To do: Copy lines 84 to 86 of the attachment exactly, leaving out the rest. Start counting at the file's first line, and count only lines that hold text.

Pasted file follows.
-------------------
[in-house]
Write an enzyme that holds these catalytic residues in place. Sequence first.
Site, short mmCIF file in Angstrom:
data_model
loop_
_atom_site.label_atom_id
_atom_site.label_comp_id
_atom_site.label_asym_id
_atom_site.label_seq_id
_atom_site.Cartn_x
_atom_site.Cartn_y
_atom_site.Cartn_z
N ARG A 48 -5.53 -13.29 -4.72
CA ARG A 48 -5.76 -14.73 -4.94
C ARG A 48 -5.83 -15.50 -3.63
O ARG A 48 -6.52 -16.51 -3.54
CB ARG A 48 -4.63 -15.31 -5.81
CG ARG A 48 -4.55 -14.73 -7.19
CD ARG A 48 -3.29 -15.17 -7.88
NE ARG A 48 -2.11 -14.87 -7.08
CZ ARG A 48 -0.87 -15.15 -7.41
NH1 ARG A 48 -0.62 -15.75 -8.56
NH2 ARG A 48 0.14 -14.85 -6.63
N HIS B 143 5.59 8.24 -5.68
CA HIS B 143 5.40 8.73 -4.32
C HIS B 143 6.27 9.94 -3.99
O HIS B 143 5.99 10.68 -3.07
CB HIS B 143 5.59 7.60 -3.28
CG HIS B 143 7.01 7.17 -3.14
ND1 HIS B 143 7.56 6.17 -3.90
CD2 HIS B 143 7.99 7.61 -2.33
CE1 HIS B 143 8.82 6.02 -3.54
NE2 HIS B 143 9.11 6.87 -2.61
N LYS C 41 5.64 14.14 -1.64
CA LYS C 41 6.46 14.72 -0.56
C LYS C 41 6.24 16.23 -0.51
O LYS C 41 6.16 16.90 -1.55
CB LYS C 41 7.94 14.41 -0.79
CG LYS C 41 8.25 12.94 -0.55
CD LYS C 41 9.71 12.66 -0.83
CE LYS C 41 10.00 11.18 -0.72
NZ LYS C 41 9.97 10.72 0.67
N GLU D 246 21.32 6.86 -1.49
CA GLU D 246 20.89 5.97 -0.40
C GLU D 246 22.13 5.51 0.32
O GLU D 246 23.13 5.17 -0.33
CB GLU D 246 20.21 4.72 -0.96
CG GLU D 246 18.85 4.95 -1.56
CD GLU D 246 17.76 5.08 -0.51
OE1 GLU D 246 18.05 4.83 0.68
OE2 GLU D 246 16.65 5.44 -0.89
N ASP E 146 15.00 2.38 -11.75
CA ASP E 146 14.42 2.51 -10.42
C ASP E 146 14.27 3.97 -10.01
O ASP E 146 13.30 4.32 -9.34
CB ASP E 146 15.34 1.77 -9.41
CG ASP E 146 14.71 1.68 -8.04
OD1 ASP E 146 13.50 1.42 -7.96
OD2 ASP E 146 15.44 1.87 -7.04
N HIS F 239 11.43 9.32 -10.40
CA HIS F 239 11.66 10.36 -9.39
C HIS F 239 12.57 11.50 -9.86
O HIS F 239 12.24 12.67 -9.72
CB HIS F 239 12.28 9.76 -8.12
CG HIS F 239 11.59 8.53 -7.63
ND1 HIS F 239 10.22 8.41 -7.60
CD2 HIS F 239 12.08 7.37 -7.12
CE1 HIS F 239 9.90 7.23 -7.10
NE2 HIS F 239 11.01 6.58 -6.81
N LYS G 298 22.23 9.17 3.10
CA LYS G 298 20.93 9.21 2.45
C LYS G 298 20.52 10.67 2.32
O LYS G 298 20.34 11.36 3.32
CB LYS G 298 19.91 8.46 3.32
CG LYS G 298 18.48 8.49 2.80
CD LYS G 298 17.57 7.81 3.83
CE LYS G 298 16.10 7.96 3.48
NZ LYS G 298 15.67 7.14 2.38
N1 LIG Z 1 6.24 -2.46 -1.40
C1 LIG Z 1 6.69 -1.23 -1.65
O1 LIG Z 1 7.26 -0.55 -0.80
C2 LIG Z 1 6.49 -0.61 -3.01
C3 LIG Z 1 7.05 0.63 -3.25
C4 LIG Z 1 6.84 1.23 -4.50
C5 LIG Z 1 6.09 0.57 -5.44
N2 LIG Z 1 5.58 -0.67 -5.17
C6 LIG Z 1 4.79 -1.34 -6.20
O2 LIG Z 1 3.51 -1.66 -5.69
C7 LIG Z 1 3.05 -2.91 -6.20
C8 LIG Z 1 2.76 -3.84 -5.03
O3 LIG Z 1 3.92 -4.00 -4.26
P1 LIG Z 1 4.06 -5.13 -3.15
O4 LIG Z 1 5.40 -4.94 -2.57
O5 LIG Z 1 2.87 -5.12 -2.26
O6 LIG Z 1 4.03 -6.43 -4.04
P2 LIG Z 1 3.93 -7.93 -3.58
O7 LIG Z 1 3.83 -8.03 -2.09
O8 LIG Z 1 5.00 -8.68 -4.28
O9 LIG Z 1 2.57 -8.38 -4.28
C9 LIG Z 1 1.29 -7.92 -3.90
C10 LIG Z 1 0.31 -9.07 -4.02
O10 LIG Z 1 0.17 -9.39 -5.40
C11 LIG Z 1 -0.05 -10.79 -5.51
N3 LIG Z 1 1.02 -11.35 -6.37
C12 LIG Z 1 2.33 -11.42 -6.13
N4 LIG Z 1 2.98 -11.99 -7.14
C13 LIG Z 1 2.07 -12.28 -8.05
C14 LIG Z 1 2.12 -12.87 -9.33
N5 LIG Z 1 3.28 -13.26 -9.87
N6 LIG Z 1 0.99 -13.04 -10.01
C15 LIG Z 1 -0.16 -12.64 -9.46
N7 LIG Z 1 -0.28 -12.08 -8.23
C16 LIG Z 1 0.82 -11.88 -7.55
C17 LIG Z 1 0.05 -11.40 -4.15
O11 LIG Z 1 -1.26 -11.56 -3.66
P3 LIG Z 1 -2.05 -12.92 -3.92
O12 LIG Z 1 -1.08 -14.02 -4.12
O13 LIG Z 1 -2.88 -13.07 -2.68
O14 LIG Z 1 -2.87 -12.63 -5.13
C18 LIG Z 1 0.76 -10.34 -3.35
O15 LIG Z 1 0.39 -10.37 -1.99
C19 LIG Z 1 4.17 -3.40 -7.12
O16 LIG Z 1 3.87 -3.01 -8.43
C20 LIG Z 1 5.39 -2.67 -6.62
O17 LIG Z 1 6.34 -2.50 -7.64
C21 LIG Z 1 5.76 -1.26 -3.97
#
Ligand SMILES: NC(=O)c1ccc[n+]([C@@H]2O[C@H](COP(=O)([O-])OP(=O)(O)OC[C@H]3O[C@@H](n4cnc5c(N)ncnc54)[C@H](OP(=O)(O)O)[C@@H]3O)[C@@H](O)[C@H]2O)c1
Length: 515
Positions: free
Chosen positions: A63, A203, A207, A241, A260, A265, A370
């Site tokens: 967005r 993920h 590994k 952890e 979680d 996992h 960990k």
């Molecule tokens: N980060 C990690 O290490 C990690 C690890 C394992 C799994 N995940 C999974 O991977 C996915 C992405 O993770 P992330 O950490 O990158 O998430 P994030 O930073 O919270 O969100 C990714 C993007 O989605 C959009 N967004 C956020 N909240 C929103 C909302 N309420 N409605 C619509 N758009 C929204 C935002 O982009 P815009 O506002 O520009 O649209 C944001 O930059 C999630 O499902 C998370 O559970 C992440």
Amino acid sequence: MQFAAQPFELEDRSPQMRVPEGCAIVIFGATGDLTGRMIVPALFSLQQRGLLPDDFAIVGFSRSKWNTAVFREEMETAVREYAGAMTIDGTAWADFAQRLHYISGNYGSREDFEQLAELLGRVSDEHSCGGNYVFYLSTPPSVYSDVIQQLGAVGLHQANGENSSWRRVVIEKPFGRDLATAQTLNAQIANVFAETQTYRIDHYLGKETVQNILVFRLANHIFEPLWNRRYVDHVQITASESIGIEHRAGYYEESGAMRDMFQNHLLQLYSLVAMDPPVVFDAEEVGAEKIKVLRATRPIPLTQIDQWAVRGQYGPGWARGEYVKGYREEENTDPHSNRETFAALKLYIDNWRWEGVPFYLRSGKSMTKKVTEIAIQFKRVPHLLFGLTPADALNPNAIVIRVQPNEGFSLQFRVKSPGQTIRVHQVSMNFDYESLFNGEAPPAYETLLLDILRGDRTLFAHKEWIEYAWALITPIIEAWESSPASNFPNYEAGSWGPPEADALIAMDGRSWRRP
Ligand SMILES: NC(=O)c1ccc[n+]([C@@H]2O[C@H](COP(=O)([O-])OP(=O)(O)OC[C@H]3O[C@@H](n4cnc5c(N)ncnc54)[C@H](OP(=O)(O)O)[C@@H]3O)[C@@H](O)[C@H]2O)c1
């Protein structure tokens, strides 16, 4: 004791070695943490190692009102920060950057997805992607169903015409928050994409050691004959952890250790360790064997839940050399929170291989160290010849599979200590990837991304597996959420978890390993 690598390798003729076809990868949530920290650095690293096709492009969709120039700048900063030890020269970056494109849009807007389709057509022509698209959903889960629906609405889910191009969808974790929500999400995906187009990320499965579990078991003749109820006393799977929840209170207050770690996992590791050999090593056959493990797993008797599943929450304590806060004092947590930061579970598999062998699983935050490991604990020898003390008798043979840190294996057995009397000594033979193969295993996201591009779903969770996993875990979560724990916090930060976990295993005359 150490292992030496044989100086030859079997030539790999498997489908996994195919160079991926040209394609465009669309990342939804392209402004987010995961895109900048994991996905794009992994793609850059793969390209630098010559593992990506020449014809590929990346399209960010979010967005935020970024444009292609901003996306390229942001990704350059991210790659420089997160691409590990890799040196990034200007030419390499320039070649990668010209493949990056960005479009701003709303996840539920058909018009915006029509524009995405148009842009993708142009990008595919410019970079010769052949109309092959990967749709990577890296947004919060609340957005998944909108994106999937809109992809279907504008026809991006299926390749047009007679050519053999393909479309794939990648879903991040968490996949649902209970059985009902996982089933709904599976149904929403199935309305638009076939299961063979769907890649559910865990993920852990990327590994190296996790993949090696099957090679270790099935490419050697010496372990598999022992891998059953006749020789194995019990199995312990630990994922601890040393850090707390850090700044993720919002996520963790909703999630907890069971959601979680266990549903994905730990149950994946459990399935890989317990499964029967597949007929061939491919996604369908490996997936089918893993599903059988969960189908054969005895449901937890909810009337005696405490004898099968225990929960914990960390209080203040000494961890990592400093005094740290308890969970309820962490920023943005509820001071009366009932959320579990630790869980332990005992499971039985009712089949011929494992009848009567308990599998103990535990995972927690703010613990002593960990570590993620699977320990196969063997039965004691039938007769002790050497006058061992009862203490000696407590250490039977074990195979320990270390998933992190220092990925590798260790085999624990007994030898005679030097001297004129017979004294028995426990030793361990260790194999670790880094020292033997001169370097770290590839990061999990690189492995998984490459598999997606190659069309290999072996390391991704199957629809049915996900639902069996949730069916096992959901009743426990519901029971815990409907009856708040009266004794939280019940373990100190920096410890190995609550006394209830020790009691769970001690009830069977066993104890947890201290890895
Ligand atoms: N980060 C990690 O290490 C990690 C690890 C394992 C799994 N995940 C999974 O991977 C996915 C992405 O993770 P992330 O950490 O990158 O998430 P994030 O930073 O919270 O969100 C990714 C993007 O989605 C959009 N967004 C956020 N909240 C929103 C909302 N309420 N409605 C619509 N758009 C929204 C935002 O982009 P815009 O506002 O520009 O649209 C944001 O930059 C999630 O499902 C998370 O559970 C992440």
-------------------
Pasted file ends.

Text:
C4 LIG Z 1 6.84 1.23 -4.50
C5 LIG Z 1 6.09 0.57 -5.44
N2 LIG Z 1 5.58 -0.67 -5.17